Moving for a job opens up an incredible amount of new doors for you. New friends, colleagues, an entirely new career journey; so many opportunities for those seeking their first step in their career or a new challenge for them to tackle. I have moved for a lot of jobs. Over the past five years, I have lived (for at least 3 months or more) in five states, worked at six institutions, all while only being in my third year of professional student affairs work (I am counting undergrad and grad school years.) That seems like a lot, right? I think so too.
In all of those positions, I want to share with you one of the toughest lessons I have learned about moving for a job. Hopefully my experiences get you thinking about your own so that if/when you leave you can be prepared for the inevitable; I wish I would have known this before I moved. The toughest part of moving for a job was leaving behind bits of who I am wherever I have been and trying to piece them back together.
Maine: The Way Life Should Be. Vacationland. Home. This is the toughest one for me as this is frankly where I have left the most of myself and have been playing catch up bringing myself back together these past five years. All of my family live here, the majority of my close friends still live here, two of my three banks are here as well. As the only member of my family who has left the state I am always catching up to family events, my niece/nephew, friends getting together, and my own folks sharing fun things that they wish I could have been present for. I know I will never truly return and will never fully catch up.
Massachusetts: Grad school. Here I left some of the lowest and happiest points in my life. Nothing life threatening so no concerns about that, but to think back on the confidence and aspirations I had all dashed away within an academic year. Remember now, I did say some of the happiest points also occurred here. I am fine leaving the negativity and toxic atmosphere because within those same state borders came a renewed confidence, my first offer to be gainfully employed, and a handful of close-knit, dear friends who remain to this day.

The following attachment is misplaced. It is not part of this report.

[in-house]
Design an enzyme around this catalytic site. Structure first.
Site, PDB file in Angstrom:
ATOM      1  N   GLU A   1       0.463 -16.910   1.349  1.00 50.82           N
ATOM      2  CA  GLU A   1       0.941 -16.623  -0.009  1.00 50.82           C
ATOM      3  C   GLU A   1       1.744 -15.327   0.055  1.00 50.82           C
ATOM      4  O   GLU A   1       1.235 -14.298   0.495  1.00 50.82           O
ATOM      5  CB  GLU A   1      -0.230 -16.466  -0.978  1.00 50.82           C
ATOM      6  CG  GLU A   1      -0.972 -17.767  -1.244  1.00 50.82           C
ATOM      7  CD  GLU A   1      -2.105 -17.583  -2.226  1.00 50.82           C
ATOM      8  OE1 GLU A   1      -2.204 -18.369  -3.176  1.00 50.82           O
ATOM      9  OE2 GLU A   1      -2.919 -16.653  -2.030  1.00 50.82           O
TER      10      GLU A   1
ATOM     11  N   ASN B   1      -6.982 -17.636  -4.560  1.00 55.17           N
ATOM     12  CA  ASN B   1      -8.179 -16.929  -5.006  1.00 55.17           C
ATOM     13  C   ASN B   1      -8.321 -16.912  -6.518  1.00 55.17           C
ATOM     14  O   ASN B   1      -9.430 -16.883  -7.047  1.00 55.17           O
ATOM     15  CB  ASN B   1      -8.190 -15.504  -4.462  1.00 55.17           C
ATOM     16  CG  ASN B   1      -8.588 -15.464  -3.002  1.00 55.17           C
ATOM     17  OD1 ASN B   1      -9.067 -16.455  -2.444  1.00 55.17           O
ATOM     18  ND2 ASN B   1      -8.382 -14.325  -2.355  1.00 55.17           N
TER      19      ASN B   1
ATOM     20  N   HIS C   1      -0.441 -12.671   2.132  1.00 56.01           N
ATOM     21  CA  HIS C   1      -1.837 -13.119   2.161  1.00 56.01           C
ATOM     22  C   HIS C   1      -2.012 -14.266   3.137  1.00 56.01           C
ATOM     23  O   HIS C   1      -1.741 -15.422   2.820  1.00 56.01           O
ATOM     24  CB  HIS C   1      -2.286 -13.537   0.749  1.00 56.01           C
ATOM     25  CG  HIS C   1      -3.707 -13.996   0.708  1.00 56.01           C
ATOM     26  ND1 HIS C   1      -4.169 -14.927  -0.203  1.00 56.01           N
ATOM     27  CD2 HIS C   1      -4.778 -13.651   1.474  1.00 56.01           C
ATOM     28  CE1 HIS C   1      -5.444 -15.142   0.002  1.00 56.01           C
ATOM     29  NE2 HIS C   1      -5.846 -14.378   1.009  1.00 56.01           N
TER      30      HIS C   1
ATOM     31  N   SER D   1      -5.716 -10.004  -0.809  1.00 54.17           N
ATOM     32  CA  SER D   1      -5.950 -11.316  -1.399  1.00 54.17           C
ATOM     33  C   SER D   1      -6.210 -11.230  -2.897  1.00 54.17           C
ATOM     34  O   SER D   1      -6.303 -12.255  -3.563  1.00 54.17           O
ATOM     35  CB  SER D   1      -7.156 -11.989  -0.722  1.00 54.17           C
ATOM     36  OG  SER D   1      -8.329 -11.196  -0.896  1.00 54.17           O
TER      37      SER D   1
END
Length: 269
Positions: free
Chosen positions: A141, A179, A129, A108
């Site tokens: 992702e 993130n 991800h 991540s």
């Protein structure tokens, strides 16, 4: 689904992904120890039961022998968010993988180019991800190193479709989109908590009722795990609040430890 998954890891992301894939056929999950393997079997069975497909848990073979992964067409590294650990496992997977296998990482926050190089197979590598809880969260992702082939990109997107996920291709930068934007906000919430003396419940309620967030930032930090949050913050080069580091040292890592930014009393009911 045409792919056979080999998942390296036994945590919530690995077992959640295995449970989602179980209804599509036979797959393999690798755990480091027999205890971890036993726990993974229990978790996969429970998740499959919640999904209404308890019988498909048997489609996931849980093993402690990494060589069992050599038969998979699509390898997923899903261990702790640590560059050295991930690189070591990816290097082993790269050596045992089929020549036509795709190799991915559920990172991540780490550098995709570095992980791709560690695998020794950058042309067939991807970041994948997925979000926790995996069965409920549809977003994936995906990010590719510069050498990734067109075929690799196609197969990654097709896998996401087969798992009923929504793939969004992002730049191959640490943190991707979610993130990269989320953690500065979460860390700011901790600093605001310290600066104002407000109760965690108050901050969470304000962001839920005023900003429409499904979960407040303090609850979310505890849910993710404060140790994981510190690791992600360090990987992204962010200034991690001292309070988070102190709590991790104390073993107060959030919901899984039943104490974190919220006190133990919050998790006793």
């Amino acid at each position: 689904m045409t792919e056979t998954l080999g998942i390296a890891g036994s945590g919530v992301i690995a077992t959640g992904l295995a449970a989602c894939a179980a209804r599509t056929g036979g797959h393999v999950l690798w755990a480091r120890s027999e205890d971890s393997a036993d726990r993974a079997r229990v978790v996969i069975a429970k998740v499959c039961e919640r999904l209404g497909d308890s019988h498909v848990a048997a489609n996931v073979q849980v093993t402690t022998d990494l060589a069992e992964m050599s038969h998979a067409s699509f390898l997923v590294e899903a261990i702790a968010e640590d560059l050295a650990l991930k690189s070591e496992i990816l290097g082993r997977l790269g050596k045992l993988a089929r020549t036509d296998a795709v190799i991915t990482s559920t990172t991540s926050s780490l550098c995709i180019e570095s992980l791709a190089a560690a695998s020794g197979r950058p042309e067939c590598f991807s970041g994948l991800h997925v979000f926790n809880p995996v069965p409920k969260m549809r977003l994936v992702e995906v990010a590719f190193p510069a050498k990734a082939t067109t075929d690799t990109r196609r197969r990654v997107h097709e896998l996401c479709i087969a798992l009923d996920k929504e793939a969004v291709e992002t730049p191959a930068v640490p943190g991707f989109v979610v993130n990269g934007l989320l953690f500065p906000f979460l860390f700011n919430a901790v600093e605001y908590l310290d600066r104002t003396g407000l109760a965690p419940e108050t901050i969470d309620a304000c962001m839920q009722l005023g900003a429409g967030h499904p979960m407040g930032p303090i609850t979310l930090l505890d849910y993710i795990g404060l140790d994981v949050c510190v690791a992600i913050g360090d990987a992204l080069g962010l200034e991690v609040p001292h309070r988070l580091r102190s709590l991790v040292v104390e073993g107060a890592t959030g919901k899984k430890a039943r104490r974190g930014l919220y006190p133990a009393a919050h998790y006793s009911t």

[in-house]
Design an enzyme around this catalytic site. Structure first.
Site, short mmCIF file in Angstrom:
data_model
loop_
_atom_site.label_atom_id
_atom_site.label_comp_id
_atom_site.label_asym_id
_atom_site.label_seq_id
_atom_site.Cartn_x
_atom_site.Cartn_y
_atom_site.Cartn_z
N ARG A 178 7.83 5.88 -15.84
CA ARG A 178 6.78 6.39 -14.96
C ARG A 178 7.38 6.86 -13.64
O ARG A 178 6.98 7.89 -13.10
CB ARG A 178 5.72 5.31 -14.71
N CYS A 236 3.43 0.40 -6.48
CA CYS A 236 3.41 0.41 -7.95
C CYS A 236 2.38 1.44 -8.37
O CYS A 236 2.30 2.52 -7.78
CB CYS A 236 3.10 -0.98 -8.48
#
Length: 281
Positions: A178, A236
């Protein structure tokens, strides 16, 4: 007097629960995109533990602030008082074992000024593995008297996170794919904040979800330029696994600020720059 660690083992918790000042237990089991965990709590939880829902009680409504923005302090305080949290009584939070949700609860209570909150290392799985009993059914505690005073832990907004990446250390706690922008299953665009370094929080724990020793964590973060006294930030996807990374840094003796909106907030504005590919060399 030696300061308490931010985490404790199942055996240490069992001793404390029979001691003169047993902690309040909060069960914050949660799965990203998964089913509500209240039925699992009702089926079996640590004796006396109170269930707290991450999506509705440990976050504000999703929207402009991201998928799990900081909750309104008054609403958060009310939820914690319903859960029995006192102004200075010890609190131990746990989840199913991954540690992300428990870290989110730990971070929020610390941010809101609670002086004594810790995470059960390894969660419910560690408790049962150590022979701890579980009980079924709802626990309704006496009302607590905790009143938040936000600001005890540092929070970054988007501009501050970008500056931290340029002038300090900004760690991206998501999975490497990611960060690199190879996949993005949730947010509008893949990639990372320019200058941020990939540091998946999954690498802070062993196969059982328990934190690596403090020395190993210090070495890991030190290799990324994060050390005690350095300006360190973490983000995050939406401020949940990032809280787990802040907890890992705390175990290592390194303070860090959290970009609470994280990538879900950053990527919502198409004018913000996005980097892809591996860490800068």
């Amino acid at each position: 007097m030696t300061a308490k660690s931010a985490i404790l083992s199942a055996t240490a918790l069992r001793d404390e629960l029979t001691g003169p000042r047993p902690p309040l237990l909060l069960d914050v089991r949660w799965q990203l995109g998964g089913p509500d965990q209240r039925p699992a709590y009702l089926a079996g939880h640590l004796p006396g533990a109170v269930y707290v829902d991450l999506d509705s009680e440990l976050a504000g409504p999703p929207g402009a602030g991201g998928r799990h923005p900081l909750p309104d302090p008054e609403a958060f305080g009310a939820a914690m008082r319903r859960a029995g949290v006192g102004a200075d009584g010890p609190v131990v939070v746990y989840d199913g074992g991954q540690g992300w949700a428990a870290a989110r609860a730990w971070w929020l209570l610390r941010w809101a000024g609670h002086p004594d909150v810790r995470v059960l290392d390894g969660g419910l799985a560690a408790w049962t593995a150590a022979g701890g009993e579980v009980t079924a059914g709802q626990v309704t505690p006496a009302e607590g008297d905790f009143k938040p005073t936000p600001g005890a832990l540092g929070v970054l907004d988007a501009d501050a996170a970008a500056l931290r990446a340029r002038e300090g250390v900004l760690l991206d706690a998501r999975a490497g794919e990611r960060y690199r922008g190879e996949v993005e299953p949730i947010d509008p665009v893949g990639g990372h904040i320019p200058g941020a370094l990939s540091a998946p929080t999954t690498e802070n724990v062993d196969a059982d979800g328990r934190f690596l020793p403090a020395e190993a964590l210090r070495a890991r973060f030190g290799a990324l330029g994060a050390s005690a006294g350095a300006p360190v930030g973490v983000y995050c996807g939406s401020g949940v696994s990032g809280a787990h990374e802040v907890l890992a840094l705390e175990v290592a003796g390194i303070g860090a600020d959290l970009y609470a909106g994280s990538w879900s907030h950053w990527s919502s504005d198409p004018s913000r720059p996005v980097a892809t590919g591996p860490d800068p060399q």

Indiana: Hoosiers and AUCHO-I. What a magical place Indiana is! The three months I spent here as an ACUHO-I intern were some of the best between my graduate years. The people I met were genuinely excited to get to know me, inspire, and challenge me. We still send holiday cards to each other. I watched classic movies, rounded out my pop culture references, and found one of my dearest mentors.
Connecticut: Still Revolutionary. The Nutmeg State. It became home. I had people here. I was confident, knowledgeable, and respected in my work. I had been given opportunities, worked hard, made mistakes, and been challenged by the work I was doing with great colleagues at an institution I was proud of. Then, you know what? I started to see opportunities elsewhere. I started to look beyond to what I could accomplish next, where could I go and make an impact, and what challenges could I simply not pass up. I left a position I was comfy in. I left a great group of students and colleagues. I left a place who had taken a chance on me and hopefully felt it was worth it.
New Hampshire: Live Free or Die. Simply put, I am looking to leave behind the best parts of who I am, where I have come from, and what I have done before. Who knows, maybe I will not even leave? After a journey like my own, that could be nice.
This post is part of our month-long series #SAmobile, a look at the stories of SA pros who picked up and moved for their career. This series is about the struggles, the successes, the hurdles, and the emotions involved in such a life changing decision. For more information, see the intro post by Juhi Bhatt. Check out other posts in this series too!
> BONUS <
Podcast With Danny Malave on New Professional Retrospective on the Job Search